College president sorry for disparaging high school diploma
WAHPETON, N.D. (AP) — The president of a North Dakota college apologized for saying that a high school diploma provides only enough education to be a "ward of the state."
John Richman, president of North Dakota State College of Science in Wahpeton made the comment on a Fargo radio show more than a month ago but it recently prompted criticism of him.
"Today to be a contributing member (of) society you need almost an associate's degree," Richman said. "That is what it requires to be a contributing member of society."
Richman was heavily criticized on social media. North Dakota Republican Party district chairman John Trandem also said on a Fargo TV station program that Richman's words were "unfortunate."
"I have a high school education, not a day of college in my life. I support my wife and children adequately," Trandem said. "We don't take any public money. I think that's the frustrating part, when you have college presidents essentially trying to shame people into going to college."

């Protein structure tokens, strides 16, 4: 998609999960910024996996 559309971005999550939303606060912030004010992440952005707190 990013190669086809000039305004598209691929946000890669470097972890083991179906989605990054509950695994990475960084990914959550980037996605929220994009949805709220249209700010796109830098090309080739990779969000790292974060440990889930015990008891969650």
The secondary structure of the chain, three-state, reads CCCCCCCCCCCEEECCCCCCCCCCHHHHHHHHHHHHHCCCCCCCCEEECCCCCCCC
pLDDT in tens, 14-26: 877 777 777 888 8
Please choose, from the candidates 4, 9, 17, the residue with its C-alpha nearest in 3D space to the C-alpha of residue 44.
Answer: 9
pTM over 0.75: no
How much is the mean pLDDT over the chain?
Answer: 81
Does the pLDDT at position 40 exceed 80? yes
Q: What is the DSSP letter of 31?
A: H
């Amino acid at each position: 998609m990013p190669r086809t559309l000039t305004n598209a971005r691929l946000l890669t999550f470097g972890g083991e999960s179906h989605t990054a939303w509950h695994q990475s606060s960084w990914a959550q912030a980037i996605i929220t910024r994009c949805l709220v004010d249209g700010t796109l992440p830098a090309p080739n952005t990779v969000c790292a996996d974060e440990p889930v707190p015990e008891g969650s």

Richmond said the remarks he made on the June 15 broadcast were inappropriate.
"I have obviously offended some people and I owe them an apology," Richman told the Daily News. "I do apologize because it was never my intent to offend anyone. I made a mistake and it's totally on me."
He said that during his time as college president he's seen the lives of men and women change for the better thanks to advanced education.
"It's very rewarding," he added.
Richman said national associations have done extensive research that shows higher education helps with economic growth and a stronger America.
"What I'm advocating for and what a lot of these national associations are advocating for is the future," Richman said. "The research will tell us. In order to enter the workforce in the future, the vast majority of people are going to need beyond a high school diploma."